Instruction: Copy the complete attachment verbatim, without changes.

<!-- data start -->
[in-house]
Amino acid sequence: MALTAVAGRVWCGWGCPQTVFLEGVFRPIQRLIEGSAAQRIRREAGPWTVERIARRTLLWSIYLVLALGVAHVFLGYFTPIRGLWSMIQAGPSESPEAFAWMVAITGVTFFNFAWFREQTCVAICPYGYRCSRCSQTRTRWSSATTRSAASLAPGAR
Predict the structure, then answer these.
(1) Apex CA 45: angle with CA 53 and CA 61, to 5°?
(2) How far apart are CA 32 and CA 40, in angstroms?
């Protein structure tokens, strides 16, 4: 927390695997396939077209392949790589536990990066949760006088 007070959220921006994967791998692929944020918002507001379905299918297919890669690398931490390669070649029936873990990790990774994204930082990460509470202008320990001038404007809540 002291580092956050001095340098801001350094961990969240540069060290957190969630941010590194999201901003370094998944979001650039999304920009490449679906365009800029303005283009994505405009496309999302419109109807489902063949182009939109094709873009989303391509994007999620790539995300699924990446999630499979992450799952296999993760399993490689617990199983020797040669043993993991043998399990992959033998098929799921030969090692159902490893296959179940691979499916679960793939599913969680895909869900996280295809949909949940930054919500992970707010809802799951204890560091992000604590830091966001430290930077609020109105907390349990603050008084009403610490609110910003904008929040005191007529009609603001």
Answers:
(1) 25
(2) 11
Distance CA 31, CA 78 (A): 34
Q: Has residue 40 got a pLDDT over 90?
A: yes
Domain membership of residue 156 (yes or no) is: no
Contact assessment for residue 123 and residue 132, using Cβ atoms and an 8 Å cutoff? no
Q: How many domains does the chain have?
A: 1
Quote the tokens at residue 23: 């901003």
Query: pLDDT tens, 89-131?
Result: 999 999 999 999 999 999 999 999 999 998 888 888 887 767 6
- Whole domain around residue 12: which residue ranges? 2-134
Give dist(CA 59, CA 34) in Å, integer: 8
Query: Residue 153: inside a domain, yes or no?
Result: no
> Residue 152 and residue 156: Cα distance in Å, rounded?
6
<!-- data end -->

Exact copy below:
[in-house]
Amino acid sequence: MALTAVAGRVWCGWGCPQTVFLEGVFRPIQRLIEGSAAQRIRREAGPWTVERIARRTLLWSIYLVLALGVAHVFLGYFTPIRGLWSMIQAGPSESPEAFAWMVAITGVTFFNFAWFREQTCVAICPYGYRCSRCSQTRTRWSSATTRSAASLAPGAR
Predict the structure, then answer these.
(1) Apex CA 45: angle with CA 53 and CA 61, to 5°?
(2) How far apart are CA 32 and CA 40, in angstroms?
């Protein structure tokens, strides 16, 4: 927390695997396939077209392949790589536990990066949760006088 007070959220921006994967791998692929944020918002507001379905299918297919890669690398931490390669070649029936873990990790990774994204930082990460509470202008320990001038404007809540 002291580092956050001095340098801001350094961990969240540069060290957190969630941010590194999201901003370094998944979001650039999304920009490449679906365009800029303005283009994505405009496309999302419109109807489902063949182009939109094709873009989303391509994007999620790539995300699924990446999630499979992450799952296999993760399993490689617990199983020797040669043993993991043998399990992959033998098929799921030969090692159902490893296959179940691979499916679960793939599913969680895909869900996280295809949909949940930054919500992970707010809802799951204890560091992000604590830091966001430290930077609020109105907390349990603050008084009403610490609110910003904008929040005191007529009609603001």
Answers:
(1) 25
(2) 11
Distance CA 31, CA 78 (A): 34
Q: Has residue 40 got a pLDDT over 90?
A: yes
Domain membership of residue 156 (yes or no) is: no
Contact assessment for residue 123 and residue 132, using Cβ atoms and an 8 Å cutoff? no
Q: How many domains does the chain have?
A: 1
Quote the tokens at residue 23: 């901003």
Query: pLDDT tens, 89-131?
Result: 999 999 999 999 999 999 999 999 999 998 888 888 887 767 6
- Whole domain around residue 12: which residue ranges? 2-134
Give dist(CA 59, CA 34) in Å, integer: 8
Query: Residue 153: inside a domain, yes or no?
Result: no
> Residue 152 and residue 156: Cα distance in Å, rounded?
6